Here are some good indicators of when to expect your first period
- 2 Years after your breasts begin to develop
- After you start to grow pubic hair and underarm here
- After you start to secrete vaginal discharge (the clear whitish fluid you see on your panties)
It may be weeks, months, or even a full year until you get your first period. So it’s a good idea to be prepared by always carrying pads with you. [/su_spoiler] [su_spoiler title=”Who should I tell when I get my first period?” style=”fancy” anchor=””] You should at the very least tell your mom, dad, or your main caregiver. If you aren’t comfortable telling your parents, you can tell an older sibling and they can tell your parents for you. Who you tell is up to you.
It may be a little awkward or weird telling them but they are probably expecting it so they won’t be too surprised. Your mom and sister has gone through this before too so they know what to do :)!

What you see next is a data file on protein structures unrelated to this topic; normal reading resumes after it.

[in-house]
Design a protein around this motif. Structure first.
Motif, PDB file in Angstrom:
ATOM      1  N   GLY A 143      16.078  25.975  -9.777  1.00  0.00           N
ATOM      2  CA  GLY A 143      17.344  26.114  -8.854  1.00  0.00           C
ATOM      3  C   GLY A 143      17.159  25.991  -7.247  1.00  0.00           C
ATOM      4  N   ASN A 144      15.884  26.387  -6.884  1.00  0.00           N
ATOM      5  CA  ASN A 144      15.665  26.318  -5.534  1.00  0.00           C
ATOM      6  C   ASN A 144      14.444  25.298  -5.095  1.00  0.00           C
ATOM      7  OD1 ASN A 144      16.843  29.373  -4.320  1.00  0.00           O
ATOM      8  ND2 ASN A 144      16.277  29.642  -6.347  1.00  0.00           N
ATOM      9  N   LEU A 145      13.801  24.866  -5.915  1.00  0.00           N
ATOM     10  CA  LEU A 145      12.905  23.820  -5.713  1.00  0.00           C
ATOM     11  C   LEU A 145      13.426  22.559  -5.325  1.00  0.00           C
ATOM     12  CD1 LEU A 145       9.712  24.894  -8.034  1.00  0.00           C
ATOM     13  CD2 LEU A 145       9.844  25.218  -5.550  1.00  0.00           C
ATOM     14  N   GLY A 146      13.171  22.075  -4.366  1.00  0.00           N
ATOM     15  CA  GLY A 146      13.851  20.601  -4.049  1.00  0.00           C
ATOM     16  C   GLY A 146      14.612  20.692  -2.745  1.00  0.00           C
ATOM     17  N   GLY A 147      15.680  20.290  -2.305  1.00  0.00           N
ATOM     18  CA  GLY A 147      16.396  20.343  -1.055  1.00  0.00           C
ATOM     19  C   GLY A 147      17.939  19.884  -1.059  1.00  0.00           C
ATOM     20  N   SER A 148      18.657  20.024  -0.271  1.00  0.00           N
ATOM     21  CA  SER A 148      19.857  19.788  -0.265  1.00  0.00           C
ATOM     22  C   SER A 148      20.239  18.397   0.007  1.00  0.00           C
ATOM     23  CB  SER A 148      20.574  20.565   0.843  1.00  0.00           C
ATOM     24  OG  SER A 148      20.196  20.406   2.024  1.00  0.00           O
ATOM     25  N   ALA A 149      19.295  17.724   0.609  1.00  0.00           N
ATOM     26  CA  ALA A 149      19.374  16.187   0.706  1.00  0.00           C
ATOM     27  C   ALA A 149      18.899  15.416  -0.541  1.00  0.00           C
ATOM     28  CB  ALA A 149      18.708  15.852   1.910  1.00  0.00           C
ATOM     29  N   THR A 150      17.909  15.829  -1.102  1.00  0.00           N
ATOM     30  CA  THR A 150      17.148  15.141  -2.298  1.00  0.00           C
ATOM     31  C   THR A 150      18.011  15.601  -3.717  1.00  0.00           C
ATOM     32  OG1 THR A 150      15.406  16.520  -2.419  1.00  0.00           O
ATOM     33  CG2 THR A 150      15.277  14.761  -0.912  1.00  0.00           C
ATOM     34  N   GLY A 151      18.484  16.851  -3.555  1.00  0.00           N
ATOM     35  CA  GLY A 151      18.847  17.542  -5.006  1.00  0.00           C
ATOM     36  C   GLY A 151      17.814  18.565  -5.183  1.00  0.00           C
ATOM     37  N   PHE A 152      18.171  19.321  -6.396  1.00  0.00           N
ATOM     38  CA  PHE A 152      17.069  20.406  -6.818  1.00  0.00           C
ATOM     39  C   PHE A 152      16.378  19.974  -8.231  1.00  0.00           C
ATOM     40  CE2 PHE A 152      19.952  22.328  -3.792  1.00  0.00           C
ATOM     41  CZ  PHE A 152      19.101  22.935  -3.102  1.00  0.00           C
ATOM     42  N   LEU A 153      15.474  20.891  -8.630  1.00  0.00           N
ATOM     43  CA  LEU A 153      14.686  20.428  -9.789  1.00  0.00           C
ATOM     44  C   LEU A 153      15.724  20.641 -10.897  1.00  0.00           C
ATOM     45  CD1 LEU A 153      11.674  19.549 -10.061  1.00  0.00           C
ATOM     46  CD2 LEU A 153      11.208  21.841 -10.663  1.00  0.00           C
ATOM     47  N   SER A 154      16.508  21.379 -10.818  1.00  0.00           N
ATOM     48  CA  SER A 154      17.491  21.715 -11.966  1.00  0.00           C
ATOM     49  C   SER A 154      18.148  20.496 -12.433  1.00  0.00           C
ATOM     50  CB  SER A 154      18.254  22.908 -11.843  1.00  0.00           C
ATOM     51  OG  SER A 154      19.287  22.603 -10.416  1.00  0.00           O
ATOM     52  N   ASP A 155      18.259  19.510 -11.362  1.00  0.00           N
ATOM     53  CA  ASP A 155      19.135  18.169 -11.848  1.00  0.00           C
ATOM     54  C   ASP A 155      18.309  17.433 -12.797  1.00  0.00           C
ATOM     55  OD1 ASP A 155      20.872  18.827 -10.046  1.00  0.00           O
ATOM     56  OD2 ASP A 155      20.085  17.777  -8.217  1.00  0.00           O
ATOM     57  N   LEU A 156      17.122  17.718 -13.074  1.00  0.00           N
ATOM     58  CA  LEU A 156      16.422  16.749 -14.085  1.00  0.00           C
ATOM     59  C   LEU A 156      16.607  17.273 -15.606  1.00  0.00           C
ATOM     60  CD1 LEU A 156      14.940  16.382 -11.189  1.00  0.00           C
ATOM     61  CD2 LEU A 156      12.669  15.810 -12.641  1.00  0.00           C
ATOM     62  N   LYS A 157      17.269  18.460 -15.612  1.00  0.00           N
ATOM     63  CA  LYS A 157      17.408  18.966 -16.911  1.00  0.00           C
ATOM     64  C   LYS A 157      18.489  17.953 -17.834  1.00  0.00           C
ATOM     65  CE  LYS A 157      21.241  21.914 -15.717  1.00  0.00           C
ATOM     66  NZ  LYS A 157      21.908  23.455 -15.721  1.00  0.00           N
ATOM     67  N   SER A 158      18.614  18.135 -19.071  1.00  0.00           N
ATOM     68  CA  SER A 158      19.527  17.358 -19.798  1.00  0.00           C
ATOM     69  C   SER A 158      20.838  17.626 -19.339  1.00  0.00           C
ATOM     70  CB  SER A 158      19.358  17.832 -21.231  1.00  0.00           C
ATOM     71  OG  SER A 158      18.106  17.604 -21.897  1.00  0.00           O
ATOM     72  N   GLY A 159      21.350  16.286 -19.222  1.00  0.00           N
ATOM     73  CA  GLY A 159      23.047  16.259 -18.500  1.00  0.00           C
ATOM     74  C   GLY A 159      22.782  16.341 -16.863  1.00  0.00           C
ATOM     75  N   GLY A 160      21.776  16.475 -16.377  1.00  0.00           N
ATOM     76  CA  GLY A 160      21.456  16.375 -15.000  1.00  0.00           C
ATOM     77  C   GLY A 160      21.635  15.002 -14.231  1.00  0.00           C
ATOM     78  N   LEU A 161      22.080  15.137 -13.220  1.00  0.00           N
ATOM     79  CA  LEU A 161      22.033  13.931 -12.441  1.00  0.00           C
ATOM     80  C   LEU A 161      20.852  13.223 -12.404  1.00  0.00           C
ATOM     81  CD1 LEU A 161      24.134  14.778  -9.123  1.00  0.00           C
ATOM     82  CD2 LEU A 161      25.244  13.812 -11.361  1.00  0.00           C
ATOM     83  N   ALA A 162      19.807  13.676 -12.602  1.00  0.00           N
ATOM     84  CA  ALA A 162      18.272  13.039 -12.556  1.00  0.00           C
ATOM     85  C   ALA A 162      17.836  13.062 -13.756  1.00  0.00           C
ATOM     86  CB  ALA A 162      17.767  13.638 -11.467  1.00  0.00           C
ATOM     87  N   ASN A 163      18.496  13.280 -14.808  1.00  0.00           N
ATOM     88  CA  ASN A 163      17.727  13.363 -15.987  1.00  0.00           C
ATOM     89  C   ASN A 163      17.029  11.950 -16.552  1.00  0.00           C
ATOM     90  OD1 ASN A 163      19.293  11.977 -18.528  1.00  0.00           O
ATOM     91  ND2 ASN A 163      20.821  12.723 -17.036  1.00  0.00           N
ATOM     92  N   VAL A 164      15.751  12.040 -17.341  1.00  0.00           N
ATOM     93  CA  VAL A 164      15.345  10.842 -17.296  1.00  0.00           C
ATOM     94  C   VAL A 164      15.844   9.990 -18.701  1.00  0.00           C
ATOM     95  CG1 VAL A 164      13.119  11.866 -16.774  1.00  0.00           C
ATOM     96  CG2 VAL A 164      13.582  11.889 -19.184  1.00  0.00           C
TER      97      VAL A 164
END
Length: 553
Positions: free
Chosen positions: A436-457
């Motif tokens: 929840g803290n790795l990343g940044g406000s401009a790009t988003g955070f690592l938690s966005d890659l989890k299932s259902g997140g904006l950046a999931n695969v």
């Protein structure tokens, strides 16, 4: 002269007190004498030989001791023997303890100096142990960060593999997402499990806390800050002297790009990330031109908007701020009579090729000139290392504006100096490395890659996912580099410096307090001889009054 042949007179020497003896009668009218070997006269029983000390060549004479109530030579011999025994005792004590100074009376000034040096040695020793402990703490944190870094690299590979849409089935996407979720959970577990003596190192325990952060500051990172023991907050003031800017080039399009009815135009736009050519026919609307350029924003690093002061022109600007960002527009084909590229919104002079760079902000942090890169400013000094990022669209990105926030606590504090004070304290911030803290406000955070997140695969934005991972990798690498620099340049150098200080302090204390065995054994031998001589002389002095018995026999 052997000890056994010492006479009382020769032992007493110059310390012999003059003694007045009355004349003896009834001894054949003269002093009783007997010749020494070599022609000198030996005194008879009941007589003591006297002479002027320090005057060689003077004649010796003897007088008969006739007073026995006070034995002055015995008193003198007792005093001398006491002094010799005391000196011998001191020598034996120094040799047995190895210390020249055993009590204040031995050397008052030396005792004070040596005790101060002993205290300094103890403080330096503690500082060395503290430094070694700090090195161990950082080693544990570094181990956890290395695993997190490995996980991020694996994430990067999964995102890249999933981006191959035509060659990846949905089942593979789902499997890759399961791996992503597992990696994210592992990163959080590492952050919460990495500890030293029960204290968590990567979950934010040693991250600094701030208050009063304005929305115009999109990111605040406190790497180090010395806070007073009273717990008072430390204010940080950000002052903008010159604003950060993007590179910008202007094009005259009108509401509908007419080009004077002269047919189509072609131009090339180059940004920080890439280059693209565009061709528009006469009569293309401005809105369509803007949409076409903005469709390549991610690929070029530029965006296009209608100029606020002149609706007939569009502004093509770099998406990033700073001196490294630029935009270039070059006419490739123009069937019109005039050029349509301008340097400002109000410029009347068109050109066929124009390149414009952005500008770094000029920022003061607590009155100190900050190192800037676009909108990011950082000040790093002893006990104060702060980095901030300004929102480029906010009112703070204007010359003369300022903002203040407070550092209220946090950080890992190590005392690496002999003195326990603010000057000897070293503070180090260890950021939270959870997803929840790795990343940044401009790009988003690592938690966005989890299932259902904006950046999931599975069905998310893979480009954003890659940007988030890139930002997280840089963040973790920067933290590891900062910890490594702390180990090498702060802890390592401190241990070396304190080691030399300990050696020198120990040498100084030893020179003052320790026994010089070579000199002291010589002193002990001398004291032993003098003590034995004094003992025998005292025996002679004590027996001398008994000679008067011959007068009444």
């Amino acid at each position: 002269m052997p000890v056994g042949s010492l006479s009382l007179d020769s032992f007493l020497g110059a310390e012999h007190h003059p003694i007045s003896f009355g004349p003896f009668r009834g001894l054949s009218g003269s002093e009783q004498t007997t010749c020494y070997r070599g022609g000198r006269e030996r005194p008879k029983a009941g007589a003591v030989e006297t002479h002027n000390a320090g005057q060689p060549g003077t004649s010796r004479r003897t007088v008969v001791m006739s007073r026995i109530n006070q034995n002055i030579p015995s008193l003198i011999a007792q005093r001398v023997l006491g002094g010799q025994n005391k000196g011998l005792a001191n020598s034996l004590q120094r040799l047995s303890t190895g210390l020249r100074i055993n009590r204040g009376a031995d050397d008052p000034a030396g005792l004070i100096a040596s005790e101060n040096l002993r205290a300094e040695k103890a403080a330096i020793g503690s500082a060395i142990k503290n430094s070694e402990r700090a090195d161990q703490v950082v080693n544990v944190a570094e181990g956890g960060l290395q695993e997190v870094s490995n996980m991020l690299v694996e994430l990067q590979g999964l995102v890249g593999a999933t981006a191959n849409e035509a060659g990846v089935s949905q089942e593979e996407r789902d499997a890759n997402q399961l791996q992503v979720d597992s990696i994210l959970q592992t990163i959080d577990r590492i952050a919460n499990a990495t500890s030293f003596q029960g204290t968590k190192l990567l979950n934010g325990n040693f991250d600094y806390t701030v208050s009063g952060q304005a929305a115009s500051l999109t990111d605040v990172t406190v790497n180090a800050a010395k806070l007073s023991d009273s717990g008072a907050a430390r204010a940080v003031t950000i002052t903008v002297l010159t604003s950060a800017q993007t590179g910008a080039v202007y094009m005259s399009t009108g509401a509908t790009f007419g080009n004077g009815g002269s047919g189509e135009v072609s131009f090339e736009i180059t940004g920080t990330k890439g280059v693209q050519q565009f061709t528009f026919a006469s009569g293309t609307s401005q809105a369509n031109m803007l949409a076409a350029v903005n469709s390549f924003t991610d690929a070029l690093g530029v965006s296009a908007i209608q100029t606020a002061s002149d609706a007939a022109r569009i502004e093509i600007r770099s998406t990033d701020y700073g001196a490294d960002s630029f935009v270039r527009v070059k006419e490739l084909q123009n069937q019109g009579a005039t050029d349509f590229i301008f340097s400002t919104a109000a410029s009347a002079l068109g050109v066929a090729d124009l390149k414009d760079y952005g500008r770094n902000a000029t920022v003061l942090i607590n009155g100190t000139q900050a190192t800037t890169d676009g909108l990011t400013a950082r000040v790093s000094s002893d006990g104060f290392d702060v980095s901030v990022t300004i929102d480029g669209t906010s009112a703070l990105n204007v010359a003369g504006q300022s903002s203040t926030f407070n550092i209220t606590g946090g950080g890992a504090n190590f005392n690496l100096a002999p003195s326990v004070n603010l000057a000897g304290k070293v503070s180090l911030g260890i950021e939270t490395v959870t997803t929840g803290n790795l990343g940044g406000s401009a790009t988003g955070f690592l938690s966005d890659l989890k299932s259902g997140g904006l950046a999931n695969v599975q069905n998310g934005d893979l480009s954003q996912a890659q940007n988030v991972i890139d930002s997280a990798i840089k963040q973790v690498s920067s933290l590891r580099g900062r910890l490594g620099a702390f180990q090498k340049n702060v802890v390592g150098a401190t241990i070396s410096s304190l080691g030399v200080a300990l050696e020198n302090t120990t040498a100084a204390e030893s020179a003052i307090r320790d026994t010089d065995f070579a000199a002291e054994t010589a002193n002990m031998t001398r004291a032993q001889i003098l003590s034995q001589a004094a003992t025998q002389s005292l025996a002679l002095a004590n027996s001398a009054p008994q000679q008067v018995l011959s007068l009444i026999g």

If you get your first period at school and need supplies, you can go to your school nurse or your teacher if your teacher is a girl.
[/su_spoiler] [su_spoiler title=”Will I get my period when my friends do?” style=”fancy” anchor=””] You may or may not.
Every girl’s body is different and will go through puberty in a way that is right for her body.
Most girls get their first period between the ages 9 to 16.[/su_spoiler] [su_spoiler title=”Will anyone be able to tell that I’m on my period?” style=”fancy” anchor=””] Only if you tell them :).[/su_spoiler] [su_spoiler title=”Will it hurt when I get my period?” style=”fancy” anchor=””] Yes and no.
Bleeding from your period isn’t like bleeding from a cut so it doesn’t hurt in that way.
But the muscles in your uterus work hard to push it out your period and sometimes that causes cramps that may hurt. [/su_spoiler] [su_spoiler title=”How much will I bleed?” style=”fancy” anchor=””] You lose around 5 tablespoons (150mL) of menstrual fluid during your period but only 1 to 2 tablespoons (30mL to 60mL) of that is blood. The rest of the menstrual fluid is your endometrial lining your body sheds and other vaginal fluids.
Your period dribbles out a little at a time, with most of it coming out the first couple days when your flow is heaviest.
Not all girls bleed the same amount. It varies from girl to girl and from period to period. [/su_spoiler] [su_spoiler title=”How long is a menstrual or period cycle?” style=”fancy” anchor=””] The average length of a period cycle is 28 days.